In nanomedicine, off-site toxicity, low accumulation of drug in the target tissue, and poor response from patients remain critical shortcomings. Bringing our most up-to-date understanding of ligand-target relationships into the design of targeted nano-carriers, however, may finally allow nanomedicines to flourish in the clinic.
Ideal drug targets would be highly expressed on diseased cells with only low expression on healthy cells. However, very few receptors fit this requirement. While targeted nanocarriers are emerging as a promising tool to enhance the ‘druggability’ of less-than ideal targets, clinical translation is hindered due to a lack of appreciation for the complexity of ligand-receptor relationships.
In a review published in WIREs Nanomedicine and Nanobiotechnology, “Precision engineering of targeted nanocarriers,” Michael Deci, Maixian Liu, Quoc Thai Dinh, and Juliane Nguyen from the University at Buffalo highlight how nanocarriers can be precision-engineered to capitalize on what is known about receptor expression patterns, receptor clustering, and ultimately how interactions between a nanocarrier and target can be manipulated to achieve the most effective downstream signaling events.
The authors discuss topics such as membrane fluidity and spatial control of ligand display, patterning of receptors, and importantly, how clustering of receptors can serve to amplify downstream signaling events. The review also notes that while spatiotemporal changes in receptor expression upon external cues and disease progression is reported, these changes are often disregarded and not considered in the design of nanocarriers. In many instances, targeted nanocarriers are engineered assuming a ‘static’ target, even though it is clear that throughout the course of many diseases this simply is not the case.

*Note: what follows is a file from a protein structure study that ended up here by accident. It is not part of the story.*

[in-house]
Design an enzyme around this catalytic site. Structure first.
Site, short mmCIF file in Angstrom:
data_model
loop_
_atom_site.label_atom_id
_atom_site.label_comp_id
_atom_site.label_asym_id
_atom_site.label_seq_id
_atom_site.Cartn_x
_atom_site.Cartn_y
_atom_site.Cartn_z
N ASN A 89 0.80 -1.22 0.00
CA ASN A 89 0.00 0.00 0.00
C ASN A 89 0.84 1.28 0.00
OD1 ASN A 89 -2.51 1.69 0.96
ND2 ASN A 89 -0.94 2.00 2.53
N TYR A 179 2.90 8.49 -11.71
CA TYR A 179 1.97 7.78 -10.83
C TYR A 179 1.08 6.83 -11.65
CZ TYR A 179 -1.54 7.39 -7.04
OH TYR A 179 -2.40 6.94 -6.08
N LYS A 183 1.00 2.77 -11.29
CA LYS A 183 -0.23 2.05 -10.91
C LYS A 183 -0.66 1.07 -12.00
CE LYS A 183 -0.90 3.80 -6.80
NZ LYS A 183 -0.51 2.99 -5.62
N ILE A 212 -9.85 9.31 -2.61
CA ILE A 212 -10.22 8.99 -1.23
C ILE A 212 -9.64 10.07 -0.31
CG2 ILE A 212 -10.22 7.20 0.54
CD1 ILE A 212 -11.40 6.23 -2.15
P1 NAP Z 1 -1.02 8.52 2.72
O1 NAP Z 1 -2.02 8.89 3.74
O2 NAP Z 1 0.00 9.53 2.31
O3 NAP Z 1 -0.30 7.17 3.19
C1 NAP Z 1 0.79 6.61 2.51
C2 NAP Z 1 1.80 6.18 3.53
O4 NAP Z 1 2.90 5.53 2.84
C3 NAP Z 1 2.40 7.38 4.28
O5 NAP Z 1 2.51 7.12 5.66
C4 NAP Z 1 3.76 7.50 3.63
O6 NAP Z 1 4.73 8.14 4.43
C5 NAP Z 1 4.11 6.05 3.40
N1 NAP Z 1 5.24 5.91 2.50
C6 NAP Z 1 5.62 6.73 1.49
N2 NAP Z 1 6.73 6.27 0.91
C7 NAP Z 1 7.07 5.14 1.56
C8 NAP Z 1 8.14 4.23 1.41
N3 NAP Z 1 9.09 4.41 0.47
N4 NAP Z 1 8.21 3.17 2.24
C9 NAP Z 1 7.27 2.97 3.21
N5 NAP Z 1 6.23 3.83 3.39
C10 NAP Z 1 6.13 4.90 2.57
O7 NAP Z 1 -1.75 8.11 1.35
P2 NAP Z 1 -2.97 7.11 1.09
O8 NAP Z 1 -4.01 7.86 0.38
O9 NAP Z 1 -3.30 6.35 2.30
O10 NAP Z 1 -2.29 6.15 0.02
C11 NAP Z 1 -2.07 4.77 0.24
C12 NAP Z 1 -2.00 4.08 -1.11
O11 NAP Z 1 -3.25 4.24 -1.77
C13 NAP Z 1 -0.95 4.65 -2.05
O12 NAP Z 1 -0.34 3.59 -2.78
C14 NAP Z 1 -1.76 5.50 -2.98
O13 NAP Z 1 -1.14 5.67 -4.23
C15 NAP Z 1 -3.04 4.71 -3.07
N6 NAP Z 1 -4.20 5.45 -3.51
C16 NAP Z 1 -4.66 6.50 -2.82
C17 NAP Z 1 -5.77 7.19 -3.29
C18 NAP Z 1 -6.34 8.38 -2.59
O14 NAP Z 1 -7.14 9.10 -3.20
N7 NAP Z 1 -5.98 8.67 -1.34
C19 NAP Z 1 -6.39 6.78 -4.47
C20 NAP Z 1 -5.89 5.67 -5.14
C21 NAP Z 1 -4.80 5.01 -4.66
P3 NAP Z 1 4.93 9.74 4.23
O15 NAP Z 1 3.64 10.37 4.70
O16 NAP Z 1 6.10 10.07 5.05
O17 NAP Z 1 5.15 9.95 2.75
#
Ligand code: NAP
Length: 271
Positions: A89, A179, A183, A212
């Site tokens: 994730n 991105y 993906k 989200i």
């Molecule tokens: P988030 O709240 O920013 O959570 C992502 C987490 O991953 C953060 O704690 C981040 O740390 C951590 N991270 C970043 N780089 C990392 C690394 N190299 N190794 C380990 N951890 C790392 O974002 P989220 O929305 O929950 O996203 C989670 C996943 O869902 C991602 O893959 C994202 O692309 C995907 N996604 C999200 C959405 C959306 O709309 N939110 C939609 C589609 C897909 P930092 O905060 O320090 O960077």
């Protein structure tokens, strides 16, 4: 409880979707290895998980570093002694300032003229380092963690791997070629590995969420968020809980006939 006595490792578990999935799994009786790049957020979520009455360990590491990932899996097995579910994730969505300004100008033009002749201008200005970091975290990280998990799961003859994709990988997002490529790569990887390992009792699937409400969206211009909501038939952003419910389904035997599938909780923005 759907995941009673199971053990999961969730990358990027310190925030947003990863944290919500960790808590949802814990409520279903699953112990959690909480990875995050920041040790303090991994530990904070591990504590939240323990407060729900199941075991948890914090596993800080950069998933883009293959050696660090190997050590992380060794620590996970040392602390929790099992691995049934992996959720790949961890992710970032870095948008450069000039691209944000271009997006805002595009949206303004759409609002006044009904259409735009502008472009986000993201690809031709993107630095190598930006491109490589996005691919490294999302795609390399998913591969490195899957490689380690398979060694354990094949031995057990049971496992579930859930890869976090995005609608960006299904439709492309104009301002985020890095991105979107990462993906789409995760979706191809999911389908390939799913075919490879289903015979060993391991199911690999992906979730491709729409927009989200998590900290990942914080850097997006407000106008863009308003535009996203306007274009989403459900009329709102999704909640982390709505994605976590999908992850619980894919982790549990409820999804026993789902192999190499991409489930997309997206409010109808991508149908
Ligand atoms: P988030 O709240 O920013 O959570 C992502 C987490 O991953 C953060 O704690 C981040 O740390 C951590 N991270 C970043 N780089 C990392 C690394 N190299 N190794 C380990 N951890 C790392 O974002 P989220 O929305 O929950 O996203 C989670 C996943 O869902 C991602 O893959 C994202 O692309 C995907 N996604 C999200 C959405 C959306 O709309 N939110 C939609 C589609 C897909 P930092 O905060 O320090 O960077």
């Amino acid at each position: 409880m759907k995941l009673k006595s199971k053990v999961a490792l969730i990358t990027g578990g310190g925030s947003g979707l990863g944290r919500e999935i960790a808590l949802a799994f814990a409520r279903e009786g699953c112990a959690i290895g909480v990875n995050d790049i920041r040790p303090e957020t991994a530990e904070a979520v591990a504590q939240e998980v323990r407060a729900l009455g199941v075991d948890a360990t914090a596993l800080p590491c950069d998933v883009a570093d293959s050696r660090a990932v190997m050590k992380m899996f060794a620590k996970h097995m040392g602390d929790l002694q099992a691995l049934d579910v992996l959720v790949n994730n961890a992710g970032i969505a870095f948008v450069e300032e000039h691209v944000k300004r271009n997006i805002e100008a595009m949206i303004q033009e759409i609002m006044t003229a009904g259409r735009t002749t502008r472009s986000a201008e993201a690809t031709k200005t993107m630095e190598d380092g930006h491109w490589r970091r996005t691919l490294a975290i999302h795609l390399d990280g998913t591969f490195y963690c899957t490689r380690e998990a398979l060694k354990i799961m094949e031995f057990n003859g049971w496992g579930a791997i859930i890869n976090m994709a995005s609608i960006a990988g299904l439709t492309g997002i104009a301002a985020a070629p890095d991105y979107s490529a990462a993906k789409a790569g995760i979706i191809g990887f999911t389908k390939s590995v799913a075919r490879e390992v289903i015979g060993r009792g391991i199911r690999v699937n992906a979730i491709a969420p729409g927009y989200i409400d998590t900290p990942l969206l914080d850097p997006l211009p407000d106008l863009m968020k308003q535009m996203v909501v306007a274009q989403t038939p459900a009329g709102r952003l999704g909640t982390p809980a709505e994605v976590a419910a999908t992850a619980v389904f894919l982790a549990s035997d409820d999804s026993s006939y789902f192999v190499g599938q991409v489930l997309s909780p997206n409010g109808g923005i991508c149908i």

Since conception, the relationship between targeted nanocarriers and receptors have been oversimplified. To achieve robust engagement of a ligand with its target necessitates a better understanding of factors controlling receptor engagement is of utmost importance. Membrane fluidity, multivalency, and spatial control are highlighted as points of manipulation for designing nanocarriers that effectively treat disease. Understanding how modulation of these parameters can equip nanocarriers with spatiotemporal responsiveness and enhanced biological activity will be essential to make targeted nanomedicine a clinical reality.
Kindly contributed by the Authors.